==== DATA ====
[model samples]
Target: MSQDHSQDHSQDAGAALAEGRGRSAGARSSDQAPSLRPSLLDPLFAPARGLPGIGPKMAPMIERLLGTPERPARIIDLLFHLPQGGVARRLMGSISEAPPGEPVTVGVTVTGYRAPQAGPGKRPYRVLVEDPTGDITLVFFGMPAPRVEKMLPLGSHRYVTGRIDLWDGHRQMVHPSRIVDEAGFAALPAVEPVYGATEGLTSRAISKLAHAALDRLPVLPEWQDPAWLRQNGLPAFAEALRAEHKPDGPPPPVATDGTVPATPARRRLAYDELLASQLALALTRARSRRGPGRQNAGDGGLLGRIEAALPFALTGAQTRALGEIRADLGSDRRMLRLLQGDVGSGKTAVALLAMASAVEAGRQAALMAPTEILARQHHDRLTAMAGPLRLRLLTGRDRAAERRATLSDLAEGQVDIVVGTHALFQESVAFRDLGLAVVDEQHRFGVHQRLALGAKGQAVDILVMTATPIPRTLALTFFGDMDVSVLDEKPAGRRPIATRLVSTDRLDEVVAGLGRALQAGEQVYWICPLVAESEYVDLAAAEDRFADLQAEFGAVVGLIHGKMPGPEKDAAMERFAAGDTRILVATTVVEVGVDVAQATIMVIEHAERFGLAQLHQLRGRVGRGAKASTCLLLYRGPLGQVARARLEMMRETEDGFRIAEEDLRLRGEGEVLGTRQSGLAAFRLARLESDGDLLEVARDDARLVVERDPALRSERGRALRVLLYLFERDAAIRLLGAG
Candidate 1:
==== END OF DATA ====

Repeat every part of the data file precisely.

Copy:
[model samples]
Target: MSQDHSQDHSQDAGAALAEGRGRSAGARSSDQAPSLRPSLLDPLFAPARGLPGIGPKMAPMIERLLGTPERPARIIDLLFHLPQGGVARRLMGSISEAPPGEPVTVGVTVTGYRAPQAGPGKRPYRVLVEDPTGDITLVFFGMPAPRVEKMLPLGSHRYVTGRIDLWDGHRQMVHPSRIVDEAGFAALPAVEPVYGATEGLTSRAISKLAHAALDRLPVLPEWQDPAWLRQNGLPAFAEALRAEHKPDGPPPPVATDGTVPATPARRRLAYDELLASQLALALTRARSRRGPGRQNAGDGGLLGRIEAALPFALTGAQTRALGEIRADLGSDRRMLRLLQGDVGSGKTAVALLAMASAVEAGRQAALMAPTEILARQHHDRLTAMAGPLRLRLLTGRDRAAERRATLSDLAEGQVDIVVGTHALFQESVAFRDLGLAVVDEQHRFGVHQRLALGAKGQAVDILVMTATPIPRTLALTFFGDMDVSVLDEKPAGRRPIATRLVSTDRLDEVVAGLGRALQAGEQVYWICPLVAESEYVDLAAAEDRFADLQAEFGAVVGLIHGKMPGPEKDAAMERFAAGDTRILVATTVVEVGVDVAQATIMVIEHAERFGLAQLHQLRGRVGRGAKASTCLLLYRGPLGQVARARLEMMRETEDGFRIAEEDLRLRGEGEVLGTRQSGLAAFRLARLESDGDLLEVARDDARLVVERDPALRSERGRALRVLLYLFERDAAIRLLGAG
Candidate 1: